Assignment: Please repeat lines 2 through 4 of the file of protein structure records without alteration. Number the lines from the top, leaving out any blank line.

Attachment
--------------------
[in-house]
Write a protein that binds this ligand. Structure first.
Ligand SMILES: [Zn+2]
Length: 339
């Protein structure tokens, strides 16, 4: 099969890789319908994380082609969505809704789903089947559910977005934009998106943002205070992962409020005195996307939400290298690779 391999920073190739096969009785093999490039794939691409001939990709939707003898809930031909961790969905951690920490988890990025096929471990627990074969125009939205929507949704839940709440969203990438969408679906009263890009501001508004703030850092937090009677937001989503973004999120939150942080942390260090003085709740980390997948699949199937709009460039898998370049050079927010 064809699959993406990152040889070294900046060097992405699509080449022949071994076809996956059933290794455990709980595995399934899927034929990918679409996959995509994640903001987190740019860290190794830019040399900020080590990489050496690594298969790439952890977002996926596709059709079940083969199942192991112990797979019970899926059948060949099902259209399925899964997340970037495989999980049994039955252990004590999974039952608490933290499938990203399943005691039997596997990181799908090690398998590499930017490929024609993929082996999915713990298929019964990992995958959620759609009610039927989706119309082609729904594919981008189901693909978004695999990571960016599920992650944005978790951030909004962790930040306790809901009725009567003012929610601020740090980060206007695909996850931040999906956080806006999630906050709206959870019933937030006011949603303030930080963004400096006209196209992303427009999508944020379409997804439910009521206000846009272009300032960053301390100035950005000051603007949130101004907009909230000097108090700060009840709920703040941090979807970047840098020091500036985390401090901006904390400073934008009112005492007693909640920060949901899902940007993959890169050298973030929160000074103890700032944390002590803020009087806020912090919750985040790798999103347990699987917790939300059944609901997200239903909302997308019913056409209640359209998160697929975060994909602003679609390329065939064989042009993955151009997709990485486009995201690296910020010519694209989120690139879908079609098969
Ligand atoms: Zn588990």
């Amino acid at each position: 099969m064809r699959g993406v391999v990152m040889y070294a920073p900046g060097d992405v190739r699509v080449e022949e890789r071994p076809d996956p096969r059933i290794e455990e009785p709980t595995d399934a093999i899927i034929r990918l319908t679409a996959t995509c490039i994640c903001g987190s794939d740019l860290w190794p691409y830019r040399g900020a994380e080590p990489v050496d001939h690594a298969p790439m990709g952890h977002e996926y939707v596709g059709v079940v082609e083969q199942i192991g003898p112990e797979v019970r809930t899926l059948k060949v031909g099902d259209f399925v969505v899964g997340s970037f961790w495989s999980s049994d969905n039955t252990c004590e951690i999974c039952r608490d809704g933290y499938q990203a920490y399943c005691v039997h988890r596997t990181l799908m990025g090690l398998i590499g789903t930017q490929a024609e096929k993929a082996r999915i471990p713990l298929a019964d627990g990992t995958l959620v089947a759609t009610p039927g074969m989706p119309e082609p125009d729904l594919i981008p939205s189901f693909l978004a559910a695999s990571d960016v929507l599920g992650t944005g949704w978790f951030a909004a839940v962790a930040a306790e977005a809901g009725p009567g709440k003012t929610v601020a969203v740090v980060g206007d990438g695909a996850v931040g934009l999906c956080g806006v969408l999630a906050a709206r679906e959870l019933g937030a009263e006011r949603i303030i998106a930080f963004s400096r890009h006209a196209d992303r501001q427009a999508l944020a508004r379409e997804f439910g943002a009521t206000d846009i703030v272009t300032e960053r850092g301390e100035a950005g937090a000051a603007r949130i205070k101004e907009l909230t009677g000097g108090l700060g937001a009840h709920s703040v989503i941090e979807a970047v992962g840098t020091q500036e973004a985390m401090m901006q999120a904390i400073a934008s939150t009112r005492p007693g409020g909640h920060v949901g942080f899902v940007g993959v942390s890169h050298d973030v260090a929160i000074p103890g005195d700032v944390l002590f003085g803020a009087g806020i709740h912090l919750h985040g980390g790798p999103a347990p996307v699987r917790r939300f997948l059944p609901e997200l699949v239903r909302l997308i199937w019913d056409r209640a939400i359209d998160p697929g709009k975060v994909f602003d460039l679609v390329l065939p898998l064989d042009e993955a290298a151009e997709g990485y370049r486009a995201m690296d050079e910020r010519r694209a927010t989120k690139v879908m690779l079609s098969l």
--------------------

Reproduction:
Write a protein that binds this ligand. Structure first.
Ligand SMILES: [Zn+2]
Length: 339